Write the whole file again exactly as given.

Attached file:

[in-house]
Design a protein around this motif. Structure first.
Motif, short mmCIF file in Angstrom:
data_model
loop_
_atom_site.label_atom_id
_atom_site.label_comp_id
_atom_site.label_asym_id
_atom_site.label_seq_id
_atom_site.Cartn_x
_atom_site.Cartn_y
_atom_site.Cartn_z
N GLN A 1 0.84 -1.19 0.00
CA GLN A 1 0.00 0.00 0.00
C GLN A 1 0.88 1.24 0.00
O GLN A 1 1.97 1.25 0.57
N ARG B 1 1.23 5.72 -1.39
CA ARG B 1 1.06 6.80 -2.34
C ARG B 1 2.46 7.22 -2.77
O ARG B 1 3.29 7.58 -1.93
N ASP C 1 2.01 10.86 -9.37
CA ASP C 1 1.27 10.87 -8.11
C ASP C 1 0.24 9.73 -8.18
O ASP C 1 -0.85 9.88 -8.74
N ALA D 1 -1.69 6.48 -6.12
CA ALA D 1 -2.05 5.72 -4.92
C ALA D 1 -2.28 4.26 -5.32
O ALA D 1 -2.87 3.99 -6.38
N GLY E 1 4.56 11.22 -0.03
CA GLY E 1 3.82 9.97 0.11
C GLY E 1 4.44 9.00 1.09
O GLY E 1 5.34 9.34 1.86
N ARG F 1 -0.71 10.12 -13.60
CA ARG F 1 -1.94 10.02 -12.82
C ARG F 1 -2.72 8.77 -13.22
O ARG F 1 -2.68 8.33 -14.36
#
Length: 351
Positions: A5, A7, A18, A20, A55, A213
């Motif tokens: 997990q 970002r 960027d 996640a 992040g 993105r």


[in-house]
Design a protein around this motif. Structure first.
Motif, short mmCIF file in Angstrom:
data_model
loop_
_atom_site.label_atom_id
_atom_site.label_comp_id
_atom_site.label_asym_id
_atom_site.label_seq_id
_atom_site.Cartn_x
_atom_site.Cartn_y
_atom_site.Cartn_z
N GLN A 1 0.84 -1.19 0.00
CA GLN A 1 0.00 0.00 0.00
C GLN A 1 0.88 1.24 0.00
O GLN A 1 1.97 1.25 0.57
N ARG B 1 1.23 5.72 -1.39
CA ARG B 1 1.06 6.80 -2.34
C ARG B 1 2.46 7.22 -2.77
O ARG B 1 3.29 7.58 -1.93
N ASP C 1 2.01 10.86 -9.37
CA ASP C 1 1.27 10.87 -8.11
C ASP C 1 0.24 9.73 -8.18
O ASP C 1 -0.85 9.88 -8.74
N ALA D 1 -1.69 6.48 -6.12
CA ALA D 1 -2.05 5.72 -4.92
C ALA D 1 -2.28 4.26 -5.32
O ALA D 1 -2.87 3.99 -6.38
N GLY E 1 4.56 11.22 -0.03
CA GLY E 1 3.82 9.97 0.11
C GLY E 1 4.44 9.00 1.09
O GLY E 1 5.34 9.34 1.86
N ARG F 1 -0.71 10.12 -13.60
CA ARG F 1 -1.94 10.02 -12.82
C ARG F 1 -2.72 8.77 -13.22
O ARG F 1 -2.68 8.33 -14.36
#
Length: 351
Positions: A5, A7, A18, A20, A55, A213
């Motif tokens: 997990q 970002r 960027d 996640a 992040g 993105r």